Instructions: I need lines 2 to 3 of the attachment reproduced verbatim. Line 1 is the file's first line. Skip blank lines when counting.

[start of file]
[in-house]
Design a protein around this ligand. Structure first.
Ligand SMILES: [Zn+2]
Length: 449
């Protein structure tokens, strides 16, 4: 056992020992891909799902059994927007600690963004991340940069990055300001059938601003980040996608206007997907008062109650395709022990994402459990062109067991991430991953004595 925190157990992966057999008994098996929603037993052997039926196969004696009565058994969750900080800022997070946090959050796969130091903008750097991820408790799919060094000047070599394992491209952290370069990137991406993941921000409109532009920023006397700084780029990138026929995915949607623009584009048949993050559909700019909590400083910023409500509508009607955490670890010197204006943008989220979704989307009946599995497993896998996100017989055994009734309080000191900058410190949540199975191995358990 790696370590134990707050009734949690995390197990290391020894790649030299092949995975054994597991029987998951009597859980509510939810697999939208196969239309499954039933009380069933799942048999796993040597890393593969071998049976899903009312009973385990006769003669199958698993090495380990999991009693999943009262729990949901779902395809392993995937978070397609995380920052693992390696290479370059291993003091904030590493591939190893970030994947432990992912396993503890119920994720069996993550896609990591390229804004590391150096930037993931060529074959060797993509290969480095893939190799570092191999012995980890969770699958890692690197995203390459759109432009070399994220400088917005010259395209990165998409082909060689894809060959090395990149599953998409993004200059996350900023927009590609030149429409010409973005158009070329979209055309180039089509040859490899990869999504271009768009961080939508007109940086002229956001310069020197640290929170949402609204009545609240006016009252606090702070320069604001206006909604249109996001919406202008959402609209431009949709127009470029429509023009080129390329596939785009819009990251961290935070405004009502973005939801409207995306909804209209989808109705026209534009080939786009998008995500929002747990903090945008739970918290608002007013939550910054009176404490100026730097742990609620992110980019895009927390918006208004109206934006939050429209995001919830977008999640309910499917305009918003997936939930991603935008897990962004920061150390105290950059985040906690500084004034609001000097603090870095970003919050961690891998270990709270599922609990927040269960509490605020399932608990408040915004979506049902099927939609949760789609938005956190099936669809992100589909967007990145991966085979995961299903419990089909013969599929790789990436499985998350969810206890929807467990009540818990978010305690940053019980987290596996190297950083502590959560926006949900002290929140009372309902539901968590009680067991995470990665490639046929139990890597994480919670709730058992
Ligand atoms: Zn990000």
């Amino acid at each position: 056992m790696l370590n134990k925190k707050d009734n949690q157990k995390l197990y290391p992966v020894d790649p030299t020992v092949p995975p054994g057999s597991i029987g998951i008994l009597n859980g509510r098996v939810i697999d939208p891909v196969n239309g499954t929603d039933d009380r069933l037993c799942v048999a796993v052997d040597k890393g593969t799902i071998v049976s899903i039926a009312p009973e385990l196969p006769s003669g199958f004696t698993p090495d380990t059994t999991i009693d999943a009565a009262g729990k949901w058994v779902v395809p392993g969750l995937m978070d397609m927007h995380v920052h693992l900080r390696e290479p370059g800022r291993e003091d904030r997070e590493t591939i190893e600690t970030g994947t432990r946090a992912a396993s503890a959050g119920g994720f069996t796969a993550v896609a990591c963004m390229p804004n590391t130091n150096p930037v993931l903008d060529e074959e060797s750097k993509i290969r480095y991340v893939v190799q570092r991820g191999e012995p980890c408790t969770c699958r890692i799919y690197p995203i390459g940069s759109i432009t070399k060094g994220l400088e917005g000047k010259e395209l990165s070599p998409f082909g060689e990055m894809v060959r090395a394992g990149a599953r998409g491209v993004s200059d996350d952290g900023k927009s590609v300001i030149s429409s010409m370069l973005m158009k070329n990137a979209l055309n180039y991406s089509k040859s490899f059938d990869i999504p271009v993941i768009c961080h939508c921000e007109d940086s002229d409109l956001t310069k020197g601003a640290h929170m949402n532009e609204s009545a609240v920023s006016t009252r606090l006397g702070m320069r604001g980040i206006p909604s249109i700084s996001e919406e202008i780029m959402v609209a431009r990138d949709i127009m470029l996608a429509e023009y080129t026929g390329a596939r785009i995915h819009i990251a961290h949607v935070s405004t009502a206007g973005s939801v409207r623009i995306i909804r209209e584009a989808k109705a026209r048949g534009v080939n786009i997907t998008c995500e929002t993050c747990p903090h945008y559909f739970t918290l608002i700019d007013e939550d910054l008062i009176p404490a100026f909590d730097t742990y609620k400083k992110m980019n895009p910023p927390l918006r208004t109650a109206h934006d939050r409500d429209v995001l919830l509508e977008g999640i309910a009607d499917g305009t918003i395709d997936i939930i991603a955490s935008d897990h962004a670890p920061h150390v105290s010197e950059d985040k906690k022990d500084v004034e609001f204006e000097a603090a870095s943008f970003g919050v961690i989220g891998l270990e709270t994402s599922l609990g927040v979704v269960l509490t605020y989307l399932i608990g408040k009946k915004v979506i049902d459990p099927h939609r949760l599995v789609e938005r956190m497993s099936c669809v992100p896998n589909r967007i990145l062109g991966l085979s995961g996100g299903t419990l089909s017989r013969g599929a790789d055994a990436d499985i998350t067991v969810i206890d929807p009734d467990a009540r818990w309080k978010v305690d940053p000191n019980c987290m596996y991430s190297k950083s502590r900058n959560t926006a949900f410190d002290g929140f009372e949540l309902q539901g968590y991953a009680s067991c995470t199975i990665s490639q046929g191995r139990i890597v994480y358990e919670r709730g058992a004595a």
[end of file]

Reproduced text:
Design a protein around this ligand. Structure first.
Ligand SMILES: [Zn+2]